remember always, as I told you at first, that this is all a fairy
tale, and only fun and pretense; and, therefore, you are not to believe
a word of it, even if it is true.
According to the Standard Dictionary of Folklore: Mythology and Legend, Merfolk (mermaids and mermen) are supernatural beings who live primarily beneath the sea. It is in Hellenic literature that one finds the first literary description of Merfolk. Ovid writes that mermaids were born from the burning galleys of the Trojans where the timbers turned into the flesh and blood of the 'green daughters of the sea.' There are other versions of their birth: The Irish say that mermaids are old pagan women transformed and banished from the earth by St. Patrick. A Livonian folktale says they are the drowned children of an unknown Pharaoh - having met their doom in the depths of the Red Sea.
While the common conception of Merfolk is that they are humans from the waist up, but fishes from the waist down, according to myth that is simply not true. Instead, Merfolk are neither human nor fish, but they are mammals that resemble human/fish combinations. Mermaids are usually depicted as having scaly tails, however, many early descriptions of Merfolk mention their dolphin-like tails. A carving on Puce Church in Gironde, France, shows a young mermaid with two tapering tails instead of legs, similar to the siren image shown on the home page of this website. A mermaid's bewitching voice is said to be able to lure ships onto rocks and men to their deaths. They are beautiful in their appearance and are also musically talented, in both their singing and their playing of musical instruments. Though they spend most of their time underwater, they have been known to assume human form and come ashore to markets and fairs.
Ben-Varry (Manx Mermaids); Catao (Hiligaynon); Caesg (Celtic -- part trout or salmon); Dinny-Mara (Manx Mermen); Havfrue (Scandinavian Mermen); Havmand (Scandinavian Mermaid); Meerfrau; Merefolk (Phillipine Merfolk); Merfish; Merlady; Merman; Merpeople; Muirruhgach (Merrow -- Irish); Merrymaids (Cornish Mermaids); Merwife; Morgens; Neck (Scandinavian fresh and salt water Mermaids); Ningyo (Japanese human-headed fish of immortality); Sea Maids; Sea Maiden; Sea People; Sea Queen; Siren; Tritons; Undersea Folk; Underwater Folk; Water Babies; Water Maid.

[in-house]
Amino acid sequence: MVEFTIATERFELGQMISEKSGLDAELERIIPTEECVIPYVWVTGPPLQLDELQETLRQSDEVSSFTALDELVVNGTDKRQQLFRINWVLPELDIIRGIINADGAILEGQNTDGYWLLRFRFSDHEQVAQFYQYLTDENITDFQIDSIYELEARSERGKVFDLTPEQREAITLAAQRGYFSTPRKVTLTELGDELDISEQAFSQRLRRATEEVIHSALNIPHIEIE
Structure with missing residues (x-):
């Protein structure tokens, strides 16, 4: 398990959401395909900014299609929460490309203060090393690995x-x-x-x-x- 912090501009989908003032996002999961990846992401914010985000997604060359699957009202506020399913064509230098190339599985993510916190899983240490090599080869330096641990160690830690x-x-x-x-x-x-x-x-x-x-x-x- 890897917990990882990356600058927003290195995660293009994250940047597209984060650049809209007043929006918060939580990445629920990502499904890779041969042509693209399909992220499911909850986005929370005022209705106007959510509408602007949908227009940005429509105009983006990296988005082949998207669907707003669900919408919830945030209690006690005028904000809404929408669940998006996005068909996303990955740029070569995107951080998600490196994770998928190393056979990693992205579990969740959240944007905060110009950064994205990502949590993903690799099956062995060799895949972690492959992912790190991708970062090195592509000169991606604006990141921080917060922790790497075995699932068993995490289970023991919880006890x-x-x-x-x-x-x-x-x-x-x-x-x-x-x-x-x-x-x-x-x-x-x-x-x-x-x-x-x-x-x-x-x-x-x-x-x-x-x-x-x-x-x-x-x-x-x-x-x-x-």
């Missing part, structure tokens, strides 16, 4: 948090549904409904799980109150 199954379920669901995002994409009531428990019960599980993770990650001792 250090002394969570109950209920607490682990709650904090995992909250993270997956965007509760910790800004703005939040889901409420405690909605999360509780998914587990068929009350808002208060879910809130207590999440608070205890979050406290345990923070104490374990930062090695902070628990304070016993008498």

Names of ancient sea gods:
Amphitrite ('The Great Embracer' -- pre-Hellenic sea Goddess); Atargatis (Syrian mermaid Goddess); Lir (Irish sea God); Mami Wata ('Mother Water' -- Nigerian mermaid Goddess); Nereus ('Old Man of the Sea' -- Hellenic sea God); Njord (Norse God of sea travel); Poseidon ('Husband of De' -- Hellenic sea God); Rân ('The Ravisher' -- Norse sea Goddess); Sedna (Inuit sea Goddess).
Sources: mermaid.net, The Standard
Dictionary of Folklore: Mythology and Legend.
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Website created by Christina H. Sanchez '02
Updated by Tara A. McGovern '04
Maintained by: Jonathan Cheek, Psychology
Last Update: August 7, 2003
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